I guess the story goes that I did some very accurate shooting my first time holding a rifle. They taught us the basics; how to point, cock the weapon and so on. Then they had us fire different shots at the target, which was really far away; 100/200m. They took the people that I guess they saw had very accurate shots and then they narrowed us down and had a competition. After everyone had shot, we were taking down the targets and I heard my name being called out. I thought I was in trouble (laughs). But it was because I’d been selected to join a new competition taking place in the next field. I was up against police officers and hunters – I’d never shot a weapon before that day. This is where I think mind over matter comes into play. There was this movie at the time that I really liked called ‘Enemy At The Gates’ about two snipers so I just pretended to be one of the characters. We took 15 shots and I think I got them all into the space of like an inch; very small. I had no idea, but as we were graduating they called out my name and the chief said it was the best shot he’d ever seen. Later, some people from the army approached me and suggested I could go on sniper training. It was never official. They’ve never allowed a female to be a sniper in Canada before so the question is, would they have allowed it?
Why didn’t you pursue it?
Shooting at a target is fun but when it comes to a person, there’s no way I could have pulled the trigger. They kept my training up in a simulator, with real weapons but with laser sensors and it’s like a real life video game, with helicopters and moving targets stuff. That’s when I realised they were preparing me for real life situations. The training is great but I’m too soft of heart. If you have a command to shoot a person a mile away who can’t even see you, you don’t even know who that person is or why you’re shooting them… no way. I could never kill a person.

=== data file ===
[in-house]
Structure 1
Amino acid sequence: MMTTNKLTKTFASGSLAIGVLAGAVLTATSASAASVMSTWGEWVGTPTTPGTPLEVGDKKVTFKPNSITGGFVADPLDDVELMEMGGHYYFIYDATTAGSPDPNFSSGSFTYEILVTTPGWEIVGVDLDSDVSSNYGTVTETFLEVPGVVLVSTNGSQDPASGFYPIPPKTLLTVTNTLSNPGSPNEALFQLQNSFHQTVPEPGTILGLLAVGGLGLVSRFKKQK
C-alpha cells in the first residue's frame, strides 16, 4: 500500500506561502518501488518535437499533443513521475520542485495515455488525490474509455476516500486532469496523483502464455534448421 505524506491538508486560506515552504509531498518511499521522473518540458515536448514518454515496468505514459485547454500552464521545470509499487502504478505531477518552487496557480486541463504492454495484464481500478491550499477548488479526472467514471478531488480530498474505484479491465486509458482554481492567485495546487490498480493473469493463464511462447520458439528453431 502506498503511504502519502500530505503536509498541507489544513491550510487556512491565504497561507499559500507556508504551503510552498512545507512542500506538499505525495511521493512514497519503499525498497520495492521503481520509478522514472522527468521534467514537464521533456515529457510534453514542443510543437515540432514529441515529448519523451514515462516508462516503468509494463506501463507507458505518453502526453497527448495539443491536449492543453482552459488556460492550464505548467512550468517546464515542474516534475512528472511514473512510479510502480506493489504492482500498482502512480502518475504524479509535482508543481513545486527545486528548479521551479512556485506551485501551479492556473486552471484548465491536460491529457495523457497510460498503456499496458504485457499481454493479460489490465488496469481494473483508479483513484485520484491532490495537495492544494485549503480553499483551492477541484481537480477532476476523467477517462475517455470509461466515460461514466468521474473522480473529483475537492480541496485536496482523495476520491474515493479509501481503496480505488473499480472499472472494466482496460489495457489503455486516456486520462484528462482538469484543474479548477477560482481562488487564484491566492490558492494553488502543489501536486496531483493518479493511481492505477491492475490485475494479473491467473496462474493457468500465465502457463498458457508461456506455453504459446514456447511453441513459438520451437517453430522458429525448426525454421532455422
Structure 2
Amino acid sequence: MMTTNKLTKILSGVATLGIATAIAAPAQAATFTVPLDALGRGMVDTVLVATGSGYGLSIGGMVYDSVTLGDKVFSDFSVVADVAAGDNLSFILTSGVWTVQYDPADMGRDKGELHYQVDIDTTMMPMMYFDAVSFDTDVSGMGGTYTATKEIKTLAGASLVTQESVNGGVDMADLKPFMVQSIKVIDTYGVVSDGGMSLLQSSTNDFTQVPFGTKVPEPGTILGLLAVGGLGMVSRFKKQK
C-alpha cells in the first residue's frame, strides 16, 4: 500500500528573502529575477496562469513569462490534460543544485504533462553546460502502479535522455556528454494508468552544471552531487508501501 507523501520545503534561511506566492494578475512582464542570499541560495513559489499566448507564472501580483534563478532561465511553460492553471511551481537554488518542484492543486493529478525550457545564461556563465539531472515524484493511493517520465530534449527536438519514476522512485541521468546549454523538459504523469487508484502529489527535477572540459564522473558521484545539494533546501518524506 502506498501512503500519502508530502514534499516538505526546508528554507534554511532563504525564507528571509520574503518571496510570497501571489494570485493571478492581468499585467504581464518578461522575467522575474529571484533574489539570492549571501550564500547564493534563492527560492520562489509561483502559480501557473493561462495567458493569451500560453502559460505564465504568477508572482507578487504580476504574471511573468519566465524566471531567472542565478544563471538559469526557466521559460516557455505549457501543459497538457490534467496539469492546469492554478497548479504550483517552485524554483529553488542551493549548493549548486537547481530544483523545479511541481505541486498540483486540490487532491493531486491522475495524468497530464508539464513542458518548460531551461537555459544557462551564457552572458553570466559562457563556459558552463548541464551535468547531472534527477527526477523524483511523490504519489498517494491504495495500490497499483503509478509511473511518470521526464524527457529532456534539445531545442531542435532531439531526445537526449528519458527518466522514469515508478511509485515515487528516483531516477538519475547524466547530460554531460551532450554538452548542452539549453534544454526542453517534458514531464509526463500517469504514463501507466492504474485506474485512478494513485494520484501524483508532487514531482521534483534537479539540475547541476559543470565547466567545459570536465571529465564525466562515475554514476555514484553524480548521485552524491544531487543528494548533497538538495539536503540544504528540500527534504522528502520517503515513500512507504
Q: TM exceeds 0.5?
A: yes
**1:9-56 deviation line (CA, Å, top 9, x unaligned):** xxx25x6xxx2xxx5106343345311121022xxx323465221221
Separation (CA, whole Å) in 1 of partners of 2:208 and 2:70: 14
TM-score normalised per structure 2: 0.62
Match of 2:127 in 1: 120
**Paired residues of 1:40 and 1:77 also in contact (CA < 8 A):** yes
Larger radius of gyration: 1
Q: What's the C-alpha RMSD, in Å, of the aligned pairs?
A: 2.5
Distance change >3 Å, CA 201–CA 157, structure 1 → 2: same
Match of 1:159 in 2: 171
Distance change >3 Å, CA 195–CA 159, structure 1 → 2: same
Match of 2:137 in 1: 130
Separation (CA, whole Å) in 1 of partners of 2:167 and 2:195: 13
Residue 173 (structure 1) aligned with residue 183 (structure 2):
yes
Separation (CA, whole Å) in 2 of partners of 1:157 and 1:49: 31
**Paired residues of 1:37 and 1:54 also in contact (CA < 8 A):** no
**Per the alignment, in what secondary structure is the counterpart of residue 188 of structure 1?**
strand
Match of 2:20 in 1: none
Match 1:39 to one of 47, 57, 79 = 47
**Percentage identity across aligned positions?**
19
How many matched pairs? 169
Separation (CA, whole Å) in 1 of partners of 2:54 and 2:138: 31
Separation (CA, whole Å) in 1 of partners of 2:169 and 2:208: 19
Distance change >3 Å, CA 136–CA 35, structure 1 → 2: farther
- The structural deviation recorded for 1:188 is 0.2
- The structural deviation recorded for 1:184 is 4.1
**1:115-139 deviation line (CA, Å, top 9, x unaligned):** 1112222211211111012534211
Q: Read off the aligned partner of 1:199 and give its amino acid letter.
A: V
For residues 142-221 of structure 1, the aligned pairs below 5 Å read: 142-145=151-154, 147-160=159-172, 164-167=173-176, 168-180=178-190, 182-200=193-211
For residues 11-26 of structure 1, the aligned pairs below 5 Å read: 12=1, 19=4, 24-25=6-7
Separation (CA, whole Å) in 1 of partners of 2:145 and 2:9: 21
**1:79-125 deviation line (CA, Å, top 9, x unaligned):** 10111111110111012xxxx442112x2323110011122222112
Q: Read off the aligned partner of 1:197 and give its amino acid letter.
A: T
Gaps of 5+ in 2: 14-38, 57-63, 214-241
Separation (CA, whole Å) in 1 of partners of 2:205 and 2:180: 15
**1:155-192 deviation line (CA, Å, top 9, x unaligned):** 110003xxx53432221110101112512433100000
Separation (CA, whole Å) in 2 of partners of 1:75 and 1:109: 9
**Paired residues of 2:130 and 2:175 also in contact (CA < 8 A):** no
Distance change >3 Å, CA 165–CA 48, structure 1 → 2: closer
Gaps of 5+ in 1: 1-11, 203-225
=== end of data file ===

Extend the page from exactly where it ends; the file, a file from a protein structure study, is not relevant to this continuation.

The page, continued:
And why the Navy and not the Army?
I love sailing. Before the Navy, I’d sail on this dam, Glenmore Dam, near my home. I started on smaller vessels and then went up to taller ships and ended up sailing to Hawaii from Canada.
Course you did.
(Laughs) I fell in love with the ships and ended up volunteering to do anything; crew, chef. I would stand on the masts for hours, totally happy just to be near the boats. You’re in a very confined space with a lot of people so you never really have your own time, but there’s fun ways to zone out; I used to climb up the mast and that’s where I taught myself guitar. It’s a weird feeling; like you’re riding a giant horse when you get up to the top; the boat is literally galloping over these waves. Anyway, every few years, they go on a trip to Japan and back. I made it as far as Hawaii before I found out that I had been accepted to music school so I had to decide what I wanted to do. That was a tough decision but music won out.
So how did a classically trained Canadian singer find out about House music and end up writing a song like ‘Hideaway’?
I think it was ingrained in me from a child because my mum was into all that stuff. She was a hardcore Michael Jackson fan but then she got into ‘90s dance music. The moment that Romi, the producer I work with, started playing the beat for ‘Hideaway’ I jumped on the mic and it all came out. It just felt so natural.
What’s next musically?
I have a full album nearly, I write constantly. I have follow-up songs that are similar to ‘Hideaway’ but then I want to progress into slower, breakbeat stuff. I want to keep it soulful but also pay tribute to my favourite music from the 90s.
Check the video for 'Giant In My Heart', below.